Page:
This is a complex set of interconnected communications, but there are a few clear takeaways for SEO. For example, promotions are a key driver of traffic, so we should add any relevant deals into on-page copy and meta tags.
Make sure your servers are ready
The SEO team at any retailer has important responsibilities on the technical side of things over the holidays.
If all goes to plan, there should be a significant surge in the number of visitors to the site over a short period of time, which can play havoc with servers. Downtime is particularly disastrous at this time of year, so take steps to prepare.
It is worth visiting the site’s error logs to see if there is anything you can fix in advance of the traffic increase, and make sure you have a dedicated point of contact on stand-by if any issues should arise over the holiday season.
Learn 10 SEO strategies to augment your holiday marketing campaign and boost your Black Friday sales.
The post 10 Big SEO Tips to Get More Sales on Black Friday by @krisjonescom appeared first on Search Engine Journal.
But according to?The NPD Group, many retailers could struggle to make the entire holiday shopping season a successful one compared to 2015. The firm, which collects and analyzes sales from?leading retailers that provide it with weekly point-of-sale data, says that the fifth week of the holiday shopping season “brought the customary post-Black Friday lull, along with deeper discounts and more abundant week-long deals than in the past.”
As NPD’s Chief Industry Analyst, Marshal Cohen, explained, “Bigger discounts mean deeper holes to climb out of to match last year’s sales numbers.”
The NPD Group says that total dollar sales were down 5% this year in?fifth week of the holiday shopping season, which includes Cyber Monday. Only one merchandise category, athletic footwear, registered a gain compared to 2015, with dollar sales rising a modest 2%.
All told, total dollar sales are down 3% this year through the first five weeks of the season. That would seem to mirror data from the?U.S. Commerce Department, which says?retail sales disappointed in November.
The digital divide
The record-breaking Black Friday and Cyber Monday sales figures are evidence of the fact that?more and more of consumer purchasing activity is taking place through digital channels. But it’s important to remember that despite the growing importance of their websites and mobile apps,?many retailers still operate as?multi-channel businesses, so the online sales figures only tell part of the holiday shopping story.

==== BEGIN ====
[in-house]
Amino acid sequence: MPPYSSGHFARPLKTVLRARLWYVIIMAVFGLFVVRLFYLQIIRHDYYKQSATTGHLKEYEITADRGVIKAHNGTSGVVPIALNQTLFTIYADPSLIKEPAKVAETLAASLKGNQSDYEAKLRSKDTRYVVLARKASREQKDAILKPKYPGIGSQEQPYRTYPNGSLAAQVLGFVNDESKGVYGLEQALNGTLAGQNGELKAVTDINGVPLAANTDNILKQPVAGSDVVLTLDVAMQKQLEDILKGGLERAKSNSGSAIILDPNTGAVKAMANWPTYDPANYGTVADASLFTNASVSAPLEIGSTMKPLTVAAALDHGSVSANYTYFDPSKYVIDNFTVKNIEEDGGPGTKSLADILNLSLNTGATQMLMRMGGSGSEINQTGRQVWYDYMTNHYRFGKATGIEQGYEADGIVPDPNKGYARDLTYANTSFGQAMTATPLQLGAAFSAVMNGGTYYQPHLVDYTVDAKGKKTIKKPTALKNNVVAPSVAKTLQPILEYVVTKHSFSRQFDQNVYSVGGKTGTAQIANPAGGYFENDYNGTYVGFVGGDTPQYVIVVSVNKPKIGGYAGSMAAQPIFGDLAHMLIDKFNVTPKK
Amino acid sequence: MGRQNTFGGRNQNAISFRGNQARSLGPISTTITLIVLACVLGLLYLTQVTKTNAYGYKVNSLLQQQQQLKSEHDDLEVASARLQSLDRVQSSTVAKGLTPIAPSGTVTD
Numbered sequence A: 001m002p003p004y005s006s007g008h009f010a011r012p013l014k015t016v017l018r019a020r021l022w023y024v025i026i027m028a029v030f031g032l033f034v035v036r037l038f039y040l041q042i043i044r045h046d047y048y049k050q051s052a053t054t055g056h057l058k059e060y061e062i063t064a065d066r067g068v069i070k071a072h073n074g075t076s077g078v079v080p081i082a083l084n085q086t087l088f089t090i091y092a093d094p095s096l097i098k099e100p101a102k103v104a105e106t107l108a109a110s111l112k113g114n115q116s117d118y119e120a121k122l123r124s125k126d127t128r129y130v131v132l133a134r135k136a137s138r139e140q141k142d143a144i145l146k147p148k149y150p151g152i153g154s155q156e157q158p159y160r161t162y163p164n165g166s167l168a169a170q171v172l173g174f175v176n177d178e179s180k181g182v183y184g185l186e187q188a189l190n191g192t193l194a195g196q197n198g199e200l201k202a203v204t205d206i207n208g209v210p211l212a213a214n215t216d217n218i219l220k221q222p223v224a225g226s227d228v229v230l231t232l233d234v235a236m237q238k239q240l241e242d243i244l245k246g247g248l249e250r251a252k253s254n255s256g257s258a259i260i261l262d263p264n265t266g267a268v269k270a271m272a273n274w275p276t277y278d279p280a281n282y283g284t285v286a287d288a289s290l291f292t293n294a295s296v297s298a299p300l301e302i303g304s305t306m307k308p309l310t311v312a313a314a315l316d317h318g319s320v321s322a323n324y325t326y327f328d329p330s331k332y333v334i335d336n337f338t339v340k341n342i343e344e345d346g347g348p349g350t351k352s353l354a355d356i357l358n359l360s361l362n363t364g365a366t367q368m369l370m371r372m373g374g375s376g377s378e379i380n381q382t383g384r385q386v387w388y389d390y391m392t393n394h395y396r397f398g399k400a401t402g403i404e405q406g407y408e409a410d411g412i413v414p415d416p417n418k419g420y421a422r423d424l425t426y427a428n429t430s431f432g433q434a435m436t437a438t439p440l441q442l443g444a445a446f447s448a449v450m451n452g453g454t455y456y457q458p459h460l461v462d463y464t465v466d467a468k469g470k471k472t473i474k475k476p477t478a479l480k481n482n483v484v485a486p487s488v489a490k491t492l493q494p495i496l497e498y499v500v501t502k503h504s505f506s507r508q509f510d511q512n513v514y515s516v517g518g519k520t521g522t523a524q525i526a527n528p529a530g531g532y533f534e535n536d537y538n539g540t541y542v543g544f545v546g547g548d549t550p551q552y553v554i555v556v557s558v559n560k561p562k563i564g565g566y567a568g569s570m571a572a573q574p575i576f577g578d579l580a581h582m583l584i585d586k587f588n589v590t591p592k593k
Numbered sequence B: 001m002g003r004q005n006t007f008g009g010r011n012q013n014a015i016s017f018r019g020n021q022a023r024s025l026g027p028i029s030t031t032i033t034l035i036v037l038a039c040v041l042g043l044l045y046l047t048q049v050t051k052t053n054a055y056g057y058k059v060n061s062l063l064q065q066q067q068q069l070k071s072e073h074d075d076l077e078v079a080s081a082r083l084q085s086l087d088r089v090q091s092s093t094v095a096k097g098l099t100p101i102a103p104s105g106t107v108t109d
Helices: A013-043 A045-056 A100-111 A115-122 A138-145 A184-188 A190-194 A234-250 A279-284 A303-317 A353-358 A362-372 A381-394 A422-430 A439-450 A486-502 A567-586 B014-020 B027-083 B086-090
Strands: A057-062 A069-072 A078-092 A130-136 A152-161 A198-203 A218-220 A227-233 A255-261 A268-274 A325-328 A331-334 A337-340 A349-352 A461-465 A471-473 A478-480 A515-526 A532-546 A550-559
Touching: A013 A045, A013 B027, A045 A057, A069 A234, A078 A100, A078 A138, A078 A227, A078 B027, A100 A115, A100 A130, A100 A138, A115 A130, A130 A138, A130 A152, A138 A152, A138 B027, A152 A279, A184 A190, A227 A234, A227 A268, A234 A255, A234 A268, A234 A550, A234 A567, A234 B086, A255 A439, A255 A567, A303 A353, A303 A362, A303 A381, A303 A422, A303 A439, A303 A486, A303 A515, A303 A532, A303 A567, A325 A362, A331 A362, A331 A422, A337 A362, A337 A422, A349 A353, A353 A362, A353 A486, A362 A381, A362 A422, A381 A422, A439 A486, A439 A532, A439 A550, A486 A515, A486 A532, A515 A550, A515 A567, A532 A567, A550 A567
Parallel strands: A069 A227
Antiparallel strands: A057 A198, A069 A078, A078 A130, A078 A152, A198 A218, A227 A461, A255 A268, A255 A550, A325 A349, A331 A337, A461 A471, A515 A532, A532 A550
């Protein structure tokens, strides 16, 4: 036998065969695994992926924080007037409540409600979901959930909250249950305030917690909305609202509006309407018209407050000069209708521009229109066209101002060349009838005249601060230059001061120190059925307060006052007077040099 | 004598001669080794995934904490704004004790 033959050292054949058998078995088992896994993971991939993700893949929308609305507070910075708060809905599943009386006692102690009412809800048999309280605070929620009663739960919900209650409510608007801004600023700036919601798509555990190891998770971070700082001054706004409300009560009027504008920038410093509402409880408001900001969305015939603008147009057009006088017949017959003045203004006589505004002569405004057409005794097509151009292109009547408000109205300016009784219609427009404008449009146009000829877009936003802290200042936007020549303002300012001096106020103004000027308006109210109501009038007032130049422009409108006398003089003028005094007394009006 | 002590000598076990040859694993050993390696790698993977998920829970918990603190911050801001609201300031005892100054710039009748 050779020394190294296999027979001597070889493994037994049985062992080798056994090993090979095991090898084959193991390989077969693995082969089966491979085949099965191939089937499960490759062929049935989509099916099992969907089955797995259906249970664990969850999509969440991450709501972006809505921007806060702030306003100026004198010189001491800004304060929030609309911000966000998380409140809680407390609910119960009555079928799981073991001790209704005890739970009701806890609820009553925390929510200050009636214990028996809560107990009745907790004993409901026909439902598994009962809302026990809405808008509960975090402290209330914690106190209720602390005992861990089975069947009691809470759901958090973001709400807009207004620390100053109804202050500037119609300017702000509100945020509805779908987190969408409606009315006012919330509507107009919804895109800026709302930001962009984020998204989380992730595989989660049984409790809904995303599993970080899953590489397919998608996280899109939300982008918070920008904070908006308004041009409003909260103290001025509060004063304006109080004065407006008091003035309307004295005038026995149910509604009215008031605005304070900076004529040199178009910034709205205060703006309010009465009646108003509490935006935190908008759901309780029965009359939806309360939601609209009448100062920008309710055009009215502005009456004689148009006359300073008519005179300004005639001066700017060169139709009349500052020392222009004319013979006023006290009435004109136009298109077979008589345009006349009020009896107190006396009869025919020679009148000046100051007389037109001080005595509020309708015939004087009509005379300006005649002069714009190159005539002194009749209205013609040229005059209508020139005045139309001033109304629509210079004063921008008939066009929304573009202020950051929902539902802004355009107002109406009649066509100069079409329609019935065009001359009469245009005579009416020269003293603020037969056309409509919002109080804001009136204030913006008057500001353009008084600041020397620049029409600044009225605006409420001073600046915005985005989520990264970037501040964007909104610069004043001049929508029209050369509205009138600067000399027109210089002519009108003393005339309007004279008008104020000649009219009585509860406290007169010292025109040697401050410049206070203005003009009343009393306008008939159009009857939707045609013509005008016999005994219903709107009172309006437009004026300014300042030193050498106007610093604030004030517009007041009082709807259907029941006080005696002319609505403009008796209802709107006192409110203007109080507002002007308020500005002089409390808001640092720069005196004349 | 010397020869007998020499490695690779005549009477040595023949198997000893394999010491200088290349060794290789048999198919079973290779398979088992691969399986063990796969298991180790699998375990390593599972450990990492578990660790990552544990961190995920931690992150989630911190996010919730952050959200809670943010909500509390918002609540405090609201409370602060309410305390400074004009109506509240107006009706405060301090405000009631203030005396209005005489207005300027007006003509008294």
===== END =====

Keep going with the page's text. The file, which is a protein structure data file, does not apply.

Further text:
Put simply, online retail is accounting for more of the pie, but the pie isn’t really growing.
While it looks questionable as to whether retailers will be able to turn the 2016 holiday shopping season into a true success, as CNBC has noted,?”six of the 10 busiest days still lie ahead” according to retail analytics firm ShopperTrak.
Some analysts predict that this year’s Super Saturday, the last Saturday before Christmas, has the potential to?produce more sales than Black Friday, and with cold weather blanketing much of the country, it would not be surprising if many of those sales take place?online instead of offline.
That might help online retail set yet another sales record this year, but even if it does, hefty discounting could still make it hard for retailers to catch up no matter where their sales take place.
Welcome to our weekly round-up of all the latest news and research from the world of search marketing and beyond.
This week, we’ve got a special on stories about advertising and mobile, with a look at mobile ad viewability from our regular mobile columnist Andy Favell, and the news that Snapchat video ads are generating less than three seconds’ viewing time on average. Over on our sister site ClickZ, Tereza Litsa took a look at how neuroscience can activate brains in a mobile world.
And speaking of advertising, take our 10-minute survey to tell us how the events of 2016 affected your advertising spend, and you could win an iPad mini in time for Christmas!